It’s common for an employer to give its employees “rules” for the workplace. Common examples are “You’re not allowed to talk to one another about your salaries” or “You cannot badmouth the company on social media.” 

Are those rules real? Are they even legal? Some of the time, the answer is no! You have many rights as an employee under Ohio labor law, and you may not even know about them. 

Ohio Payment Laws & Worker Rights in 2023

When it comes to payment, your employer has to pay you at least twice a month, and your employer is not legally allowed to dock your pay for poor performance. Plus, if you are a non-exempt employee, you are entitled under law to receive time and a half if you work over 40 hours. 

Rules for Restrictions on Employee Speech

Can you talk about your pay with your coworkers? Unless you are a part of a union or other such collective agreement, you and your coworkers have the right to openly discuss your salaries and benefits. What if your employer is doing something you don’t like? Can you vent about it online? Yes! You can discuss your job and who you work with online without fear, so long as you are not posting to your employer’s own social media accounts. If your employer goes beyond that and does something illegal, you are protected under whistleblower statutes to go to the authorities. 

When Can Your Employer Terminate You?

You have a lot of rights as an Ohio worker, but you may be surprised by some of the things to which you are not entitled. Ohio is an at-will employment state, meaning unless you have a contract stating otherwise, your employer can terminate you at any time, without notice. If you are terminated wrongfully, meaning you were fired for an action or condition that is protected under state or federal law, you can file a suit against your employer.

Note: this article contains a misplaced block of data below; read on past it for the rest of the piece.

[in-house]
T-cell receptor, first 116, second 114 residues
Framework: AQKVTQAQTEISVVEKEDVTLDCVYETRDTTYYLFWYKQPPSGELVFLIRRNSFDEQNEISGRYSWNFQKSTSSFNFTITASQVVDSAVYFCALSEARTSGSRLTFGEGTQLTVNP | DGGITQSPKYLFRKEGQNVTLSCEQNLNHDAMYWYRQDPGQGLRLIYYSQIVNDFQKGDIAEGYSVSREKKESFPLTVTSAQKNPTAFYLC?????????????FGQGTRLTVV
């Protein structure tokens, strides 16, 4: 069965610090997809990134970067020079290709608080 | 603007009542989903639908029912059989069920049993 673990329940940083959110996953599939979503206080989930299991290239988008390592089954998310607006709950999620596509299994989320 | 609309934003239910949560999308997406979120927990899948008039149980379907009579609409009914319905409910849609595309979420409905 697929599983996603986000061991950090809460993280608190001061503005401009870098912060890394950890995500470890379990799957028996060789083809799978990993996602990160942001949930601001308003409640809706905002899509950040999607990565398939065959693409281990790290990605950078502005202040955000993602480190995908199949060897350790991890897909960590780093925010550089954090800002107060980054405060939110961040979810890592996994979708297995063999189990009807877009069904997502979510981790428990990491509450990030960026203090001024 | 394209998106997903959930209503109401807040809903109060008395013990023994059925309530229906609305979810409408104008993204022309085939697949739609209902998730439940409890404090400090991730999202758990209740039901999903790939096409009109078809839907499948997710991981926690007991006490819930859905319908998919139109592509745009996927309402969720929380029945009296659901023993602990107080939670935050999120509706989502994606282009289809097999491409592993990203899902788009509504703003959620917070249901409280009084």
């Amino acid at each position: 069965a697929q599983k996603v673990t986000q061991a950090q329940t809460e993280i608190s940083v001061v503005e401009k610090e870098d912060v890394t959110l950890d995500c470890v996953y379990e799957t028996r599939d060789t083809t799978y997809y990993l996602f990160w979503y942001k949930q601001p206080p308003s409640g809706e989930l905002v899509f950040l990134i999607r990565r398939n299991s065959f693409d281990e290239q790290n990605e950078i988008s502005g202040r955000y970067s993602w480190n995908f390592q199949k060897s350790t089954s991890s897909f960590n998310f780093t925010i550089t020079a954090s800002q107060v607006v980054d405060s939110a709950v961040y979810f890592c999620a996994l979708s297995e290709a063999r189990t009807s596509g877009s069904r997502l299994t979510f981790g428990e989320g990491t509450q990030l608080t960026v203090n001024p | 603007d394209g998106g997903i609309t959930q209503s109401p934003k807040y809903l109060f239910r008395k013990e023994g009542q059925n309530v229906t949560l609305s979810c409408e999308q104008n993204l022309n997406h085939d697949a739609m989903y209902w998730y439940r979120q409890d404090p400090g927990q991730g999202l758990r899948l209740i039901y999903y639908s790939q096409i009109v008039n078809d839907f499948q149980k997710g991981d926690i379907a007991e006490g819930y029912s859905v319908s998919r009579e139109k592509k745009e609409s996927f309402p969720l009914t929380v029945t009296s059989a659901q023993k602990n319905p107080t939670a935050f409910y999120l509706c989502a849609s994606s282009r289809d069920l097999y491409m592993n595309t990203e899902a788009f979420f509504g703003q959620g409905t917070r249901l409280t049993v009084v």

Rights You, as an Employee, Do Not Have

Another surprising fact is that you are not actually entitled to any vacation, sick days, or even breaks – if you are over 18. Employers have full discretion on how much PTO and break time they want to give their employees. Additionally, your employer’s HR department has the power to withhold information they have on you, contrary to the law in other states. Though you may want to see what your employer has written about you, you are not entitled to view your personnel file. 

Helping Employees Exercise Their Rights

Generally, employers tend to stick to the letter of the law when it comes to their employment practices. However, if you feel your employer has violated your rights as an employee, a complaint can be filed with the state at An even better route is to find a trusted employment attorney. Agee Clymer’s employment law attorneys are experienced in handling wrongful termination, harassment and discrimination cases. We are confident we can help you fight for your rights as an Ohio worker.

Lawyers in the Columbus offices of Agee Clymer Mitchell & Portman welcome opportunities to help educate and provide consultation to workers in Ohio. Call us at (614) 221-3318 or (800) 678-3318 to inquire or request a free consultation. We also take appointments online.